Visit while you can: 7 fading tech destinations that may disappear forever

nasa
Michael Bumann/Flickr
In 2013, Delta Air Lines demolished the iconic “Worldport” terminal at New York’s Kennedy Airport, despite pleas from preservationists. Even having the building listed on the National Trust for Historic Preservation’s failed to stop Delta and airport management from revving up the bulldozers. The airport was cutting-edge and architecturally iconic when Pan Am built it in 1960, but it lost its usefulness by today’s airport standards.

The Worldport demonstrates that not all historically significant places last forever, no matter how high-tech they were during their time. So while you still can, take a visit to these techie sites before they disappear.

Kennedy Space Center

Kennedy Space Center
Reinhard Link/Flickr

Although space shuttles no longer launch from the Kennedy Space Center at Cape Canaveral in Florida, the facility is still used for other launches and offers tours for visitors. However, according to a report from the non-profit Union of Concerned Scientists, Kennedy and other coastal-based NASA facilities, such as the Ames Research Center in California and Johnson Space Center in Texas, are at risk. The reason, UCS says, is that more than two-thirds of NASA’s facilities are within 16 feet of sea level, and many launch pads and other structures are at very low elevations, so rising seas could threaten these facilities’ future.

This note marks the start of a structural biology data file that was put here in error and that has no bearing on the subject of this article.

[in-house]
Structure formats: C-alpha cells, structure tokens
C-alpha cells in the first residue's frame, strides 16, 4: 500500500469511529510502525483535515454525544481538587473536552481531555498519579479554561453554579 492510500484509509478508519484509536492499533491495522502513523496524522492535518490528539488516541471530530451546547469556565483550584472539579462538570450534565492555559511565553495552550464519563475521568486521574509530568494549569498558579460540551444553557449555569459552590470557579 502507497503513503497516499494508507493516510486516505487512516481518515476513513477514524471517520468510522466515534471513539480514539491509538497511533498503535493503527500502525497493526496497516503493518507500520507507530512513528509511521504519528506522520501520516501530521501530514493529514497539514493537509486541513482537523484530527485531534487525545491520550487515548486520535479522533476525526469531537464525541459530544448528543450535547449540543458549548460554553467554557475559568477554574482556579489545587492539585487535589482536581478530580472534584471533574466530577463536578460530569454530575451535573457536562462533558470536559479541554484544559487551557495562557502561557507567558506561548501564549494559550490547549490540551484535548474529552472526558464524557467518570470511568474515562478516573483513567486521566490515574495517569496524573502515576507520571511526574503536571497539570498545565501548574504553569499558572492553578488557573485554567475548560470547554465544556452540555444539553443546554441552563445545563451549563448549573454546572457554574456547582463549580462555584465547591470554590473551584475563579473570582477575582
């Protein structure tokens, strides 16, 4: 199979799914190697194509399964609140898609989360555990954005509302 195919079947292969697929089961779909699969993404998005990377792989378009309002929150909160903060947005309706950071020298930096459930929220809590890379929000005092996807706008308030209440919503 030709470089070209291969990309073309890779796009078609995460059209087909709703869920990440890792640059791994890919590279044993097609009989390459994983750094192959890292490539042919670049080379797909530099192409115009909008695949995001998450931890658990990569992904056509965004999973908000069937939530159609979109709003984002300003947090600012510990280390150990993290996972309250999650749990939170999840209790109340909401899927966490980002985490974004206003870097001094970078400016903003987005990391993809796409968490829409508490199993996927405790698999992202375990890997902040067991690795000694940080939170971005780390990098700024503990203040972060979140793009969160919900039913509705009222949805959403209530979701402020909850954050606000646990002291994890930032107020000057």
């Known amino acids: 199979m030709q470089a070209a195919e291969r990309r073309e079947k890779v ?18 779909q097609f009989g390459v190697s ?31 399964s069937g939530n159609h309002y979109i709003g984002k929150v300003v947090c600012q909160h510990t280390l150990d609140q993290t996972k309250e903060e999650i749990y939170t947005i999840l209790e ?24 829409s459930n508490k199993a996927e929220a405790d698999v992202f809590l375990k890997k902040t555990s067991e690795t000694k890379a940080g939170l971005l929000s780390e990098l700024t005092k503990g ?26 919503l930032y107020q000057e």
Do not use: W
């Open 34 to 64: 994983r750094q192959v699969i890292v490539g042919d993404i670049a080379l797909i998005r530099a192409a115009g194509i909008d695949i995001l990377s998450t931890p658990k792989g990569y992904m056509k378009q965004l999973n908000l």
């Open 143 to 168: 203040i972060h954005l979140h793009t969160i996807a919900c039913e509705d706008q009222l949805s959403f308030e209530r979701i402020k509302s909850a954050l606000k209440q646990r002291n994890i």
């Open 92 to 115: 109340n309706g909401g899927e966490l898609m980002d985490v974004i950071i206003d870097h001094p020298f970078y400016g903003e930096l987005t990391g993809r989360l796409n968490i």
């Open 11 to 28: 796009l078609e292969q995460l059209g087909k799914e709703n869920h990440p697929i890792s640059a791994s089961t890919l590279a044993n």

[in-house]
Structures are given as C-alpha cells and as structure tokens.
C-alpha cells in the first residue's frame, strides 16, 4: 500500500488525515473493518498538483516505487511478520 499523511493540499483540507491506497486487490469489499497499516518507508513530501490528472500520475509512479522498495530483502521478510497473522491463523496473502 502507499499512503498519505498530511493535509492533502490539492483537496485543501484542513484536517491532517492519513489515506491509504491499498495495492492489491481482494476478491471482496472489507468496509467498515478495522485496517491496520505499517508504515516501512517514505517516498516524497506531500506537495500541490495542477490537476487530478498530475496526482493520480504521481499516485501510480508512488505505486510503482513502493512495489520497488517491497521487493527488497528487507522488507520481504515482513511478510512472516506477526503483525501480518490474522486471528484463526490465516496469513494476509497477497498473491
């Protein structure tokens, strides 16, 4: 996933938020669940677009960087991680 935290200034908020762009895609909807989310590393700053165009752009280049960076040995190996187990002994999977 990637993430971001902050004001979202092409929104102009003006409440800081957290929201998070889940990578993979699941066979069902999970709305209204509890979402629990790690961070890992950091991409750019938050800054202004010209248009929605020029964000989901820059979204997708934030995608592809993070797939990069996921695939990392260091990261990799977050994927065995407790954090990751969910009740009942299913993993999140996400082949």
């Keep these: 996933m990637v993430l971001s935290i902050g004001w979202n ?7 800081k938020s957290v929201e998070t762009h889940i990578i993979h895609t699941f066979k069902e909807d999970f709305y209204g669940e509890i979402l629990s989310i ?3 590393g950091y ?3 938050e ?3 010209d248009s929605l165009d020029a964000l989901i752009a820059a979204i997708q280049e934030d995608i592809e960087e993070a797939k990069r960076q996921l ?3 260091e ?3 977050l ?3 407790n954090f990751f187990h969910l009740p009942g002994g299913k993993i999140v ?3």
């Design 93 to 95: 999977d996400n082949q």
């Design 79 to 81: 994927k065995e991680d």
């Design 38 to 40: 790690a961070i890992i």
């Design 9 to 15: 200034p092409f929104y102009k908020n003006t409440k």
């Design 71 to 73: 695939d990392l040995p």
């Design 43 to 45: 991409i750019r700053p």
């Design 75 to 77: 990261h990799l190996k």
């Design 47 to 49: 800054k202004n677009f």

Blockbuster Video

Blockbuster Video
Paul/Flickr

Before Internet streaming became the norm, to watch a new movie you either went to the cinema or rented a VHS tape or DVD from Blockbuster. Technically, the corporate office closed all of its stores by the end of 2013, but you can still find a few locations in rural areas. Parent company Dish Network licenses the Blockbuster name to approximately 50 franchise locations, mostly in Alaska and Texas. One franchisee in Alaska told Yahoo Movies that Internet streaming is not possible in most of the state, so the video rental business is still lucrative. So, the Blockbuster name will live on, until emerging technologies like Wi-Fi drones bring Internet to all.

Akihabara

Akihabara
heiwa4126/Flickr